In recent policies, it is assumed that communities welcome the inclusion of young people with intellectual disability. However, little is known about perspectives of young people themselves. This article reports on research that sought to address this gap. Young people with intellectual disability living in three Australian small town communities

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Bias in Hiring Applicants With Mental Illness and Criminal Justice Involvement: A Follow-Up Study With Employers [2017]

Negative employer perceptions of job candidates with psychiatric and criminal backgrounds is one factor contributing to high unemployment rates among these groups. The current study replicated and extended Batastini et al., which evaluated stigmatizing beliefs toward hypothetical job applicants who had a known psychiatric and/or criminal history or neither (i.e.,

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Breaking Down Walls, Building Bridges: Professional Stigma Management in Mental Health Care – 2018-02

Though most mental health care today occurs in community settings, including primary care, research on mental illness stigma tends to focus on hospitalization or severe mental illness. While stigma negatively impacts the health of those with a range of mental problems, relatively little research examines how providers work with clients

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Clinical high risk for psychosis: The effects of labelling on public stigma in a undergraduate population [2018]

Aim Schizophrenia is a highly stigmatized disorder. Identification of youth at high risk for psychosis has the potential for improved outcomes. However, identifying youth at risk could subject them to increased public stigma. Using an experimental vignette design, this study examined relative levels of public stigma elicited by the labels

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Communication Strategies to Counter Stigma and Improve Mental Illness and Substance Use Disorder Policy – 2018

Despite the high burden and poor rates of treatment associated with mental illness and substance use disorders, public support for allocating resources to improving treatment for these disorders is low. A growing body of research suggests that effective policy communication strategies can increase public support for policies benefiting people with

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Correlates and Predictors of Stigmatization of Patients With Mental Illness Among Nursing Students [2018]

The purpose of the current study was to explore knowledge of, attitudes about, and perception of stigma among nursing students in relation to mental illness, and to identify the predictors of stigma toward patients with mental illness based on nursing students’ characteristics, knowledge, and attitude. A cross-sectional survey was conducted

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Deconstructing Patterns of Stigma toward People Living with Mental Illness [2018]

The adverse effects of stigma on people living with mental illness (PLMI) have been well documented. This study aimed to investigate the latent structure of that stigma. The study respondents included 218 Chinese university students in Hong Kong who completed the Attribution Questionnaire. The latent structure of stigma was examined

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Destigmatizing Mental Illness: An Innovative Evidence-Based Undergraduate Curriculum – 2018-01

Stigma toward individuals with mental illness is prevalent, not only in society but also among nurses caring for this population. Such stigma contributes to health disparities, discrimination, and a lack of providers working with those who experience mental illness. An evidence-based anti-stigma curriculum innovation in a mental health nursing course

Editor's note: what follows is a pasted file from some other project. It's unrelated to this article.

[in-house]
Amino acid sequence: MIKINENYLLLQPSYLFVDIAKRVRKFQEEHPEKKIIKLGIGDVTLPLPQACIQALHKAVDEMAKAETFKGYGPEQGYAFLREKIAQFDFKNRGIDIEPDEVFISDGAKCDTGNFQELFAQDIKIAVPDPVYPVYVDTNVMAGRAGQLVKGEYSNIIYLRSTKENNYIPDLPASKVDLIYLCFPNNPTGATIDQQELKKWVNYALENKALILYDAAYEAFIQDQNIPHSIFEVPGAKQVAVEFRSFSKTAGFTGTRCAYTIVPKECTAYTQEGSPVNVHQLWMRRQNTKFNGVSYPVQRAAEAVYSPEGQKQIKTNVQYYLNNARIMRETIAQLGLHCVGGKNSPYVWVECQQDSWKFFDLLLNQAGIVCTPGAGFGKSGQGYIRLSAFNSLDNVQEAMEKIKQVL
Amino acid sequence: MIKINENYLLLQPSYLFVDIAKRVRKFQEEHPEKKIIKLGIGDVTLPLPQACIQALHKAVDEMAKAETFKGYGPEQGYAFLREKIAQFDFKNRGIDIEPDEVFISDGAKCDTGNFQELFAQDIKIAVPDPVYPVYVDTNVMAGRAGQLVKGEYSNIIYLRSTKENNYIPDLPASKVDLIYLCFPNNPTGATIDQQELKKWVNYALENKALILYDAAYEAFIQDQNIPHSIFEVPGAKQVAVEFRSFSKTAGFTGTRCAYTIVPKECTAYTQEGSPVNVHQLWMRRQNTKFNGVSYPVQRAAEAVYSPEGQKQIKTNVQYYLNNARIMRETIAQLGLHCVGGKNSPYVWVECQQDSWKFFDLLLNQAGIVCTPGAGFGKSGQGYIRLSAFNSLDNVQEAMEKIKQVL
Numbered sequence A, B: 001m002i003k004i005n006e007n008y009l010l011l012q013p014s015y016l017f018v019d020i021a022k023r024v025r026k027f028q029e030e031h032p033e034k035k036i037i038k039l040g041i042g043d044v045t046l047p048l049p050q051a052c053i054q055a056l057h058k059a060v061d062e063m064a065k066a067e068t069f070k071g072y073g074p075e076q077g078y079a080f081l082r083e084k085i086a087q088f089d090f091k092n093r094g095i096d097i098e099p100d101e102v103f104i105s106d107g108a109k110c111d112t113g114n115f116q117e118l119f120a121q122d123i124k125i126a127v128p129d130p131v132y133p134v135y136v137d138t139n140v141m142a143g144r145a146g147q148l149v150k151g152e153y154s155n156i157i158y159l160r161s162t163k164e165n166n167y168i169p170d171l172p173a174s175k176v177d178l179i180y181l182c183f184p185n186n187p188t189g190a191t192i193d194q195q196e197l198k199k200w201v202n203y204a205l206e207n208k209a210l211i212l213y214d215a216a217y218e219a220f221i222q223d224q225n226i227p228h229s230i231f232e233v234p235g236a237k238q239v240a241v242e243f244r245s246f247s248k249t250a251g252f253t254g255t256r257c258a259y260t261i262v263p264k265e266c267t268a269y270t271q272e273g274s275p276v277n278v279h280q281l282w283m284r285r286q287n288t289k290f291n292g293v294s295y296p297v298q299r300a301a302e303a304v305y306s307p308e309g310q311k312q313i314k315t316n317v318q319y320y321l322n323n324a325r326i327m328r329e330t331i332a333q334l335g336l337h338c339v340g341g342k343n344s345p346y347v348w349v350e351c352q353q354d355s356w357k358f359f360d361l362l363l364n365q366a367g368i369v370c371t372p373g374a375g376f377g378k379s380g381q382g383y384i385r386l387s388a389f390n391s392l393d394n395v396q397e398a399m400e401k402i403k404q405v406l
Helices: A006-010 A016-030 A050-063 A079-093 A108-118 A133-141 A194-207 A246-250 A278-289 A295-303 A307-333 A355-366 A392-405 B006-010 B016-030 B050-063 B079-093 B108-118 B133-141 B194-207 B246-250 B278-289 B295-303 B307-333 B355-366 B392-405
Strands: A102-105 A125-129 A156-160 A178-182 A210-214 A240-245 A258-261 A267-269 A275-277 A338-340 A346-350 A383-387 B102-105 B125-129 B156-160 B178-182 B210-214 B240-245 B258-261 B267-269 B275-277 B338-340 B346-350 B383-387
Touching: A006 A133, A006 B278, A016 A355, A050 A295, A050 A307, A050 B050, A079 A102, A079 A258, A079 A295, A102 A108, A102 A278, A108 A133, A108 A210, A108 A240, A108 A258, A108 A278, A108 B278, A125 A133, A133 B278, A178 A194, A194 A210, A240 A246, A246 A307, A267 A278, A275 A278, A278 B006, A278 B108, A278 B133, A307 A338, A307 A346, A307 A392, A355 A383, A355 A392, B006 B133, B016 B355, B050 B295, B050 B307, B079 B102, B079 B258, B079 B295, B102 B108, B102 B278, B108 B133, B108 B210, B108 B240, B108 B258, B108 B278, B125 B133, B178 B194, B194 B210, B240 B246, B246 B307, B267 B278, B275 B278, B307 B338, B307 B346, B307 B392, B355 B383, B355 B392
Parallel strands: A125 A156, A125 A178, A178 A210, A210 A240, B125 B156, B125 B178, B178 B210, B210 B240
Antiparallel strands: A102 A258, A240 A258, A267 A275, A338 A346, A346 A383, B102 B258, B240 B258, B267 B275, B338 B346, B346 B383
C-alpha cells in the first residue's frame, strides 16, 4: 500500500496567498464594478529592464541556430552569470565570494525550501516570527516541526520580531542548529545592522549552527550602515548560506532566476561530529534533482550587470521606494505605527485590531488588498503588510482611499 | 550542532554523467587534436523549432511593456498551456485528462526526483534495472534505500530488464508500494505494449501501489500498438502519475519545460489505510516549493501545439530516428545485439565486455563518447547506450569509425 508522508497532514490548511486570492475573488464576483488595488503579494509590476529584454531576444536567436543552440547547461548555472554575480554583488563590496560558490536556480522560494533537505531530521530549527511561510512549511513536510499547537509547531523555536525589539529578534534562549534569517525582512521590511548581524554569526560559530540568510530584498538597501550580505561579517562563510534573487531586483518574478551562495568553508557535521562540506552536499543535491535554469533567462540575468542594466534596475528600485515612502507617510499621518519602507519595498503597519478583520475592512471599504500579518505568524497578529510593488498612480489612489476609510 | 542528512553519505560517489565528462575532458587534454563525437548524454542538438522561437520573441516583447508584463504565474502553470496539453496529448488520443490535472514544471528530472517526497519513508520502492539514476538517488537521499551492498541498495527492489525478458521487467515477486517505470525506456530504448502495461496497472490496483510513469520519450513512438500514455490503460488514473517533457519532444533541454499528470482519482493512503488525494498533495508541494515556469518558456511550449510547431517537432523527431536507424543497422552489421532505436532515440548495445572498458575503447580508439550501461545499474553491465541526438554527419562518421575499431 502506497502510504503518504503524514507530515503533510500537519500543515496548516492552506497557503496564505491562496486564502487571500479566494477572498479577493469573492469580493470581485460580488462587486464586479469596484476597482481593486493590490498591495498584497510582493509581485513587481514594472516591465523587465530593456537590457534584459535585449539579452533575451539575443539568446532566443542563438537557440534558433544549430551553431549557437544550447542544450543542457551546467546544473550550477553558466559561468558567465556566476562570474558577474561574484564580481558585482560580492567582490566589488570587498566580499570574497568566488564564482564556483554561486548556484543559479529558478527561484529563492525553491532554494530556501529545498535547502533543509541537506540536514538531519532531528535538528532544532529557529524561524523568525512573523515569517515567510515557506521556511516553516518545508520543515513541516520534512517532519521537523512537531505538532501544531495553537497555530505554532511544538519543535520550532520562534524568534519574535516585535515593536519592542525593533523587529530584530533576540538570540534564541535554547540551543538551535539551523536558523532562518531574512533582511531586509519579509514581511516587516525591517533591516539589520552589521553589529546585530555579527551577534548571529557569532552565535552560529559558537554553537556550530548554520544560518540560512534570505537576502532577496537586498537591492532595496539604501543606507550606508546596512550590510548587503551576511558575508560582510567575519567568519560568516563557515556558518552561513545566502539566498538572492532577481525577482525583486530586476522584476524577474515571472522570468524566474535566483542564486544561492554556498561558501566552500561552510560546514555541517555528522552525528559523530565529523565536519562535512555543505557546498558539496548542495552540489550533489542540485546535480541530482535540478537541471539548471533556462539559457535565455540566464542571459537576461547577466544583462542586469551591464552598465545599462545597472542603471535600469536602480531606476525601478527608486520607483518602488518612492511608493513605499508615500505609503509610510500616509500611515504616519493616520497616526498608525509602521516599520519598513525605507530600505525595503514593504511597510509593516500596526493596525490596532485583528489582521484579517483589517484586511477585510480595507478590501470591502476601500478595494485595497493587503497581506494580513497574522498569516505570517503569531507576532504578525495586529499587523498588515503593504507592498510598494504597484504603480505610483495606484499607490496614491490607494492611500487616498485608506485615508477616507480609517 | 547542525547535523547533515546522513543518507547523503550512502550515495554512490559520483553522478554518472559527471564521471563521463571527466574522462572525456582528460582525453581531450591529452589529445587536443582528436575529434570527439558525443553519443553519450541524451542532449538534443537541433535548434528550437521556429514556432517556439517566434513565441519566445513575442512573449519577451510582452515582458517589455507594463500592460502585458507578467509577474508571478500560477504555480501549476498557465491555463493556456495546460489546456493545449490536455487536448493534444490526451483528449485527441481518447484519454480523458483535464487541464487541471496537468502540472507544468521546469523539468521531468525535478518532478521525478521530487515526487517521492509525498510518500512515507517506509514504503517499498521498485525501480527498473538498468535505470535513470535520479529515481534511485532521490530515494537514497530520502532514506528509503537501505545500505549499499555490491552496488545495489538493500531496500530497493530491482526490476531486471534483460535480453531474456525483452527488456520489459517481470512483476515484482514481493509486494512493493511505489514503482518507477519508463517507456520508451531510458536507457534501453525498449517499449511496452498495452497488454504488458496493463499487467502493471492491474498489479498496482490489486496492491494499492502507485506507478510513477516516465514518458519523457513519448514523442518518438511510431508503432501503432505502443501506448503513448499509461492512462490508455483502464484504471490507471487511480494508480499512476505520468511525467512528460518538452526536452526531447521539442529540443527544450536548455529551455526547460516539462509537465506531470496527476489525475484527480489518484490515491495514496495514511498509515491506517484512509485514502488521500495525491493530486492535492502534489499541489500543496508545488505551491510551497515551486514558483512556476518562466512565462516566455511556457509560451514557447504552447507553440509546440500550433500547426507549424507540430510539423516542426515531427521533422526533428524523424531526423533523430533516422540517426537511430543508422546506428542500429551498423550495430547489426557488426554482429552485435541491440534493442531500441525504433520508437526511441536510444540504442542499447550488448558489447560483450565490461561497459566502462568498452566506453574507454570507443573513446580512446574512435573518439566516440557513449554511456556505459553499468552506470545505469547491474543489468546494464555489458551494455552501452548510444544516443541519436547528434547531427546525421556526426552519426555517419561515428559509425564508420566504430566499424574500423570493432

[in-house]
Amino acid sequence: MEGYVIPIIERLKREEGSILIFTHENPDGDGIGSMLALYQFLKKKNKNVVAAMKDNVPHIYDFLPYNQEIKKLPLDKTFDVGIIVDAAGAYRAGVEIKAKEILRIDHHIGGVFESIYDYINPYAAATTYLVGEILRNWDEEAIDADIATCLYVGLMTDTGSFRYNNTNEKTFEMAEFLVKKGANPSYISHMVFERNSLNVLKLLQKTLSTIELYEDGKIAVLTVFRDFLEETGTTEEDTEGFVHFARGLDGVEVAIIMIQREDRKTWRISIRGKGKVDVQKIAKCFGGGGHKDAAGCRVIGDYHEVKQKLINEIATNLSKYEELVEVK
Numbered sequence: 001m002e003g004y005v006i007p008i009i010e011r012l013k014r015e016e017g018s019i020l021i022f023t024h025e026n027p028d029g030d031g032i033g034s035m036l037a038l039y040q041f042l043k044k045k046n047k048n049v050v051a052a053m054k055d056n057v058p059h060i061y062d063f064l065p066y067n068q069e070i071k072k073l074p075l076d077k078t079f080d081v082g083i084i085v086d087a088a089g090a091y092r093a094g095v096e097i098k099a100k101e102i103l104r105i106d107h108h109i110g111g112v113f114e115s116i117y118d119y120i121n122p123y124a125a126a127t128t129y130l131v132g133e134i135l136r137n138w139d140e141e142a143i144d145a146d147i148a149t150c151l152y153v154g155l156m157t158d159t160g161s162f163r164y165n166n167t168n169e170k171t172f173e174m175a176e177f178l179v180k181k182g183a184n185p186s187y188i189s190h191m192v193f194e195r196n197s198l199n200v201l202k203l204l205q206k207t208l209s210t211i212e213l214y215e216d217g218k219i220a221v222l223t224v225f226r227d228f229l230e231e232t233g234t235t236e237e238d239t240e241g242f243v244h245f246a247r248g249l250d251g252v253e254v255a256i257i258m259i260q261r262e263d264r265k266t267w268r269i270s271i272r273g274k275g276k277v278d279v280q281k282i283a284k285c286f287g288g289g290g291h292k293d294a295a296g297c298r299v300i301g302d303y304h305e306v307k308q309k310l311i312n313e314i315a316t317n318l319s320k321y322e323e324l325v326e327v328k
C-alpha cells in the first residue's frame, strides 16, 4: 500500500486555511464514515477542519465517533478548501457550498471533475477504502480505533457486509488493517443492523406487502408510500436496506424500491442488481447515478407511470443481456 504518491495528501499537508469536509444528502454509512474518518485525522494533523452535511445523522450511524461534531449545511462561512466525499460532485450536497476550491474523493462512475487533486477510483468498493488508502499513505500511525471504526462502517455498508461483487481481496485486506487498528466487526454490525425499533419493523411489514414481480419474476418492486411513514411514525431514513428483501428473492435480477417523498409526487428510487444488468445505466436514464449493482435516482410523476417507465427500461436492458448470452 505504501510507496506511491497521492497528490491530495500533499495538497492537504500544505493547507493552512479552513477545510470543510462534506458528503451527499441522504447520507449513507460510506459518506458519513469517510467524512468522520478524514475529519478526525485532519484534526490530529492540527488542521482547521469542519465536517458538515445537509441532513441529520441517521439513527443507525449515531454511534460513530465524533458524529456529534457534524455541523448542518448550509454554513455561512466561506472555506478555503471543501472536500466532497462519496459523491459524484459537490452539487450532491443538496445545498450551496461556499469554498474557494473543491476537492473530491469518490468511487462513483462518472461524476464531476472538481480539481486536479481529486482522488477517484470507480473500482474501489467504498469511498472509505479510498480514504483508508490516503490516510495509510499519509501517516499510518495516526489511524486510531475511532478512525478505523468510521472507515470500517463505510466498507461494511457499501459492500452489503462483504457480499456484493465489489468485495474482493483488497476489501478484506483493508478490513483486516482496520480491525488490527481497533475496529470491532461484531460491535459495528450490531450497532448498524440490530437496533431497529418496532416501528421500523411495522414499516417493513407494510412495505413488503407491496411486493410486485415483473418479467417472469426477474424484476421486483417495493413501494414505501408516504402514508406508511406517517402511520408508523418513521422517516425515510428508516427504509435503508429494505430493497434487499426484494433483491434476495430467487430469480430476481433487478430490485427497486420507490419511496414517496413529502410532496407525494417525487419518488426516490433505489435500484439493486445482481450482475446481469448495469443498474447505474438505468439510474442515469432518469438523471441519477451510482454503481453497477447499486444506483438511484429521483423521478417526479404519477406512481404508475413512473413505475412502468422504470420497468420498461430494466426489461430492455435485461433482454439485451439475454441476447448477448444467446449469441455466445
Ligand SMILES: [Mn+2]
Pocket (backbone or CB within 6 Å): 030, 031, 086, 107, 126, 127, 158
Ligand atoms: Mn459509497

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Diagnostic Dissent: Experiences of Perceived Misdiagnosis and Stigma in Persons Diagnosed With Schizophrenia [2018]

It is not uncommon for individuals to disagree with their psychiatric diagnosis. The experience of perceived misdiagnosis can be challenging for service users, as mainstream psychiatric theory often views this disagreement as an indication of “poor insight” into their putative illness. Some researchers have suggested that labeling a service user

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Educational intervention to decrease stigmatizing attitudes of undergraduate nurses towards people with mental illness – 2017-03

Health professionals can hold stigmatizing views about people with mental illness. In addition to being discriminatory, these beliefs cause anxiety that can affect learning in the clinical environment. A review of an undergraduate nursing curriculum introduced the Modern Apprenticeship curriculum model and provided an opportunity for an educational intervention designed

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Effect of direct and indirect contact with mental illness on dangerousness and social distance – 2017

Background: This study is based on the contact hypothesis that contact with mental illness is the most effective anti-stigma strategy. Aims: This study aims to analyze which form of contact can most effectively decrease the dangerousness and social distance associated with schizophrenia, depression and alcoholism. Method: In total, 573 Korean

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Effect of public safety realignment variables on the perceived employability of former offenders: public perception of the role of type of custody and program participation [2018]

The objective of the current research was to investigate the public perceptions of conditions pertaining to employability of former offenders as it relates to custody type and use of rehabilitative programs such as vocational and life skills classes. After reading a hypothetical job description for a cashier position, participants evaluated

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Examining the Impact of This Is My Brave on Mental Illness Stigma and Willingness to Seek Help: A Pilot Study – 2018

This Is My Brave (TIMB) is a contact-based mental illness stigma reduction program, set in theaters, meant to reduce stigma, increase beliefs about empowerment and recovery, and improve attitudes towards treatment seeking for mental health concerns. The authors conducted the first empirical evaluation of TIMB using a pre-post survey design.